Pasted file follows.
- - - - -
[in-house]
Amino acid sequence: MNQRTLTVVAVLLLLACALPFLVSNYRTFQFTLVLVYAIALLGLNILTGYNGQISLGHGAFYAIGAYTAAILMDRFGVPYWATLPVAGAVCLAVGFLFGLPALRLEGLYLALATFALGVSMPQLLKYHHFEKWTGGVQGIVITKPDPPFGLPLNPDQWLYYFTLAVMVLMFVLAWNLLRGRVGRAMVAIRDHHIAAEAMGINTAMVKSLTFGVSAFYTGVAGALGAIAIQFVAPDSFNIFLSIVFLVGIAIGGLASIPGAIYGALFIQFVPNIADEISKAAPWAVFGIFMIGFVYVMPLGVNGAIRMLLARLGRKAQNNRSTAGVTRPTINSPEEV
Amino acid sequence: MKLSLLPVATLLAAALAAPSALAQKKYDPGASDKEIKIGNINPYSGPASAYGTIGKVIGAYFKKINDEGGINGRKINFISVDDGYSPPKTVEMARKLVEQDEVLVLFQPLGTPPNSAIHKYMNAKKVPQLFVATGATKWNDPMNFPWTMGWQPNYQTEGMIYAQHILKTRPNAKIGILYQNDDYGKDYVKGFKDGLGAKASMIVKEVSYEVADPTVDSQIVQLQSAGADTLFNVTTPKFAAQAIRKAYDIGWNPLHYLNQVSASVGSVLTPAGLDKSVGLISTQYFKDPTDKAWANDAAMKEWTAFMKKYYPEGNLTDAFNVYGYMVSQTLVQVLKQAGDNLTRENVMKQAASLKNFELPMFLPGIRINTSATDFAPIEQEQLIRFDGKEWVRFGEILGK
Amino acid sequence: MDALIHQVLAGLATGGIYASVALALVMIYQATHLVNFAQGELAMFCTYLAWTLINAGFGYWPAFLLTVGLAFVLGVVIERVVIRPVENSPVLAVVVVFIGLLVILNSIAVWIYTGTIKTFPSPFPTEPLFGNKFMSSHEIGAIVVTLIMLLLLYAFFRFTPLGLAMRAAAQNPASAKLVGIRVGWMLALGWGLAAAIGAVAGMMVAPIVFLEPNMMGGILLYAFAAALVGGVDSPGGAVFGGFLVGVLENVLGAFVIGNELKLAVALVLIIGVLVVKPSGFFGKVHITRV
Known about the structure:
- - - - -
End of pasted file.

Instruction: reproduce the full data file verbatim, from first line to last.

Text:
[in-house]
Amino acid sequence: MNQRTLTVVAVLLLLACALPFLVSNYRTFQFTLVLVYAIALLGLNILTGYNGQISLGHGAFYAIGAYTAAILMDRFGVPYWATLPVAGAVCLAVGFLFGLPALRLEGLYLALATFALGVSMPQLLKYHHFEKWTGGVQGIVITKPDPPFGLPLNPDQWLYYFTLAVMVLMFVLAWNLLRGRVGRAMVAIRDHHIAAEAMGINTAMVKSLTFGVSAFYTGVAGALGAIAIQFVAPDSFNIFLSIVFLVGIAIGGLASIPGAIYGALFIQFVPNIADEISKAAPWAVFGIFMIGFVYVMPLGVNGAIRMLLARLGRKAQNNRSTAGVTRPTINSPEEV
Amino acid sequence: MKLSLLPVATLLAAALAAPSALAQKKYDPGASDKEIKIGNINPYSGPASAYGTIGKVIGAYFKKINDEGGINGRKINFISVDDGYSPPKTVEMARKLVEQDEVLVLFQPLGTPPNSAIHKYMNAKKVPQLFVATGATKWNDPMNFPWTMGWQPNYQTEGMIYAQHILKTRPNAKIGILYQNDDYGKDYVKGFKDGLGAKASMIVKEVSYEVADPTVDSQIVQLQSAGADTLFNVTTPKFAAQAIRKAYDIGWNPLHYLNQVSASVGSVLTPAGLDKSVGLISTQYFKDPTDKAWANDAAMKEWTAFMKKYYPEGNLTDAFNVYGYMVSQTLVQVLKQAGDNLTRENVMKQAASLKNFELPMFLPGIRINTSATDFAPIEQEQLIRFDGKEWVRFGEILGK
Amino acid sequence: MDALIHQVLAGLATGGIYASVALALVMIYQATHLVNFAQGELAMFCTYLAWTLINAGFGYWPAFLLTVGLAFVLGVVIERVVIRPVENSPVLAVVVVFIGLLVILNSIAVWIYTGTIKTFPSPFPTEPLFGNKFMSSHEIGAIVVTLIMLLLLYAFFRFTPLGLAMRAAAQNPASAKLVGIRVGWMLALGWGLAAAIGAVAGMMVAPIVFLEPNMMGGILLYAFAAALVGGVDSPGGAVFGGFLVGVLENVLGAFVIGNELKLAVALVLIIGVLVVKPSGFFGKVHITRV
Known about the structure: